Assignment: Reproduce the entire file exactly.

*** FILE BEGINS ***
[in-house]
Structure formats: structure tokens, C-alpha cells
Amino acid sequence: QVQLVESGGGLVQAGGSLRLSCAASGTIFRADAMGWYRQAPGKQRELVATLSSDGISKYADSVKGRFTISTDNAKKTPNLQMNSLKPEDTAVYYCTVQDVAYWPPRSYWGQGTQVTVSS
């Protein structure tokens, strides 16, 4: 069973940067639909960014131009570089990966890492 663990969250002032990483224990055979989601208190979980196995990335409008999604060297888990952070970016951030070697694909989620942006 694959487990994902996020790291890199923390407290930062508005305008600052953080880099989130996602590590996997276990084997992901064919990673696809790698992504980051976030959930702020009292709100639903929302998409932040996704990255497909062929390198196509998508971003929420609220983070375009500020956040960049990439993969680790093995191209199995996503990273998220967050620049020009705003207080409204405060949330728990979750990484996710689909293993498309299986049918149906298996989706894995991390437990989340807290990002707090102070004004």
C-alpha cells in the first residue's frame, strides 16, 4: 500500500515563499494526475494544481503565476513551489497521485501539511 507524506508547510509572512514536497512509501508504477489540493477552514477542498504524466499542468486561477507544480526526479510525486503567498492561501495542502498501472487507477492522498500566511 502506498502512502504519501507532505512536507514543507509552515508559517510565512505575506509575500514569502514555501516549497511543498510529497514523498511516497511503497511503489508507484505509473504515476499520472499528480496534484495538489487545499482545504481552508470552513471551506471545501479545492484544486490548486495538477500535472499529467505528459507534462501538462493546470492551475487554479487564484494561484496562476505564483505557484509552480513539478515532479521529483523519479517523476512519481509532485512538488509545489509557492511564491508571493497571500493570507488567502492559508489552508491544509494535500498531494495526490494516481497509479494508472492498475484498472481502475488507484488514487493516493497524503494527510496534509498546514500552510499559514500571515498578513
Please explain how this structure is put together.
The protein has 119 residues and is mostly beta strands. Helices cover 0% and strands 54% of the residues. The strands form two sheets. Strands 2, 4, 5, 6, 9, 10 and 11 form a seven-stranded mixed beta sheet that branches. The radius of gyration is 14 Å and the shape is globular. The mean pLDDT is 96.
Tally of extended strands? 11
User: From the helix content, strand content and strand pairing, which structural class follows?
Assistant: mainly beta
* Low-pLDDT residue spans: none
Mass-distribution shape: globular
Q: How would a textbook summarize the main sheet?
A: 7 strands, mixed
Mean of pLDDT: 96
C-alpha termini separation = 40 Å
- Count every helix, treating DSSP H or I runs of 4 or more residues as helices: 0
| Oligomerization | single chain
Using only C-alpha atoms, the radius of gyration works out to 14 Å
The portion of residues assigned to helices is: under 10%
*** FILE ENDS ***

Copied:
[in-house]
Structure formats: structure tokens, C-alpha cells
Amino acid sequence: QVQLVESGGGLVQAGGSLRLSCAASGTIFRADAMGWYRQAPGKQRELVATLSSDGISKYADSVKGRFTISTDNAKKTPNLQMNSLKPEDTAVYYCTVQDVAYWPPRSYWGQGTQVTVSS
């Protein structure tokens, strides 16, 4: 069973940067639909960014131009570089990966890492 663990969250002032990483224990055979989601208190979980196995990335409008999604060297888990952070970016951030070697694909989620942006 694959487990994902996020790291890199923390407290930062508005305008600052953080880099989130996602590590996997276990084997992901064919990673696809790698992504980051976030959930702020009292709100639903929302998409932040996704990255497909062929390198196509998508971003929420609220983070375009500020956040960049990439993969680790093995191209199995996503990273998220967050620049020009705003207080409204405060949330728990979750990484996710689909293993498309299986049918149906298996989706894995991390437990989340807290990002707090102070004004």
C-alpha cells in the first residue's frame, strides 16, 4: 500500500515563499494526475494544481503565476513551489497521485501539511 507524506508547510509572512514536497512509501508504477489540493477552514477542498504524466499542468486561477507544480526526479510525486503567498492561501495542502498501472487507477492522498500566511 502506498502512502504519501507532505512536507514543507509552515508559517510565512505575506509575500514569502514555501516549497511543498510529497514523498511516497511503497511503489508507484505509473504515476499520472499528480496534484495538489487545499482545504481552508470552513471551506471545501479545492484544486490548486495538477500535472499529467505528459507534462501538462493546470492551475487554479487564484494561484496562476505564483505557484509552480513539478515532479521529483523519479517523476512519481509532485512538488509545489509557492511564491508571493497571500493570507488567502492559508489552508491544509494535500498531494495526490494516481497509479494508472492498475484498472481502475488507484488514487493516493497524503494527510496534509498546514500552510499559514500571515498578513
Please explain how this structure is put together.
The protein has 119 residues and is mostly beta strands. Helices cover 0% and strands 54% of the residues. The strands form two sheets. Strands 2, 4, 5, 6, 9, 10 and 11 form a seven-stranded mixed beta sheet that branches. The radius of gyration is 14 Å and the shape is globular. The mean pLDDT is 96.
Tally of extended strands? 11
User: From the helix content, strand content and strand pairing, which structural class follows?
Assistant: mainly beta
* Low-pLDDT residue spans: none
Mass-distribution shape: globular
Q: How would a textbook summarize the main sheet?
A: 7 strands, mixed
Mean of pLDDT: 96
C-alpha termini separation = 40 Å
- Count every helix, treating DSSP H or I runs of 4 or more residues as helices: 0
| Oligomerization | single chain
Using only C-alpha atoms, the radius of gyration works out to 14 Å
The portion of residues assigned to helices is: under 10%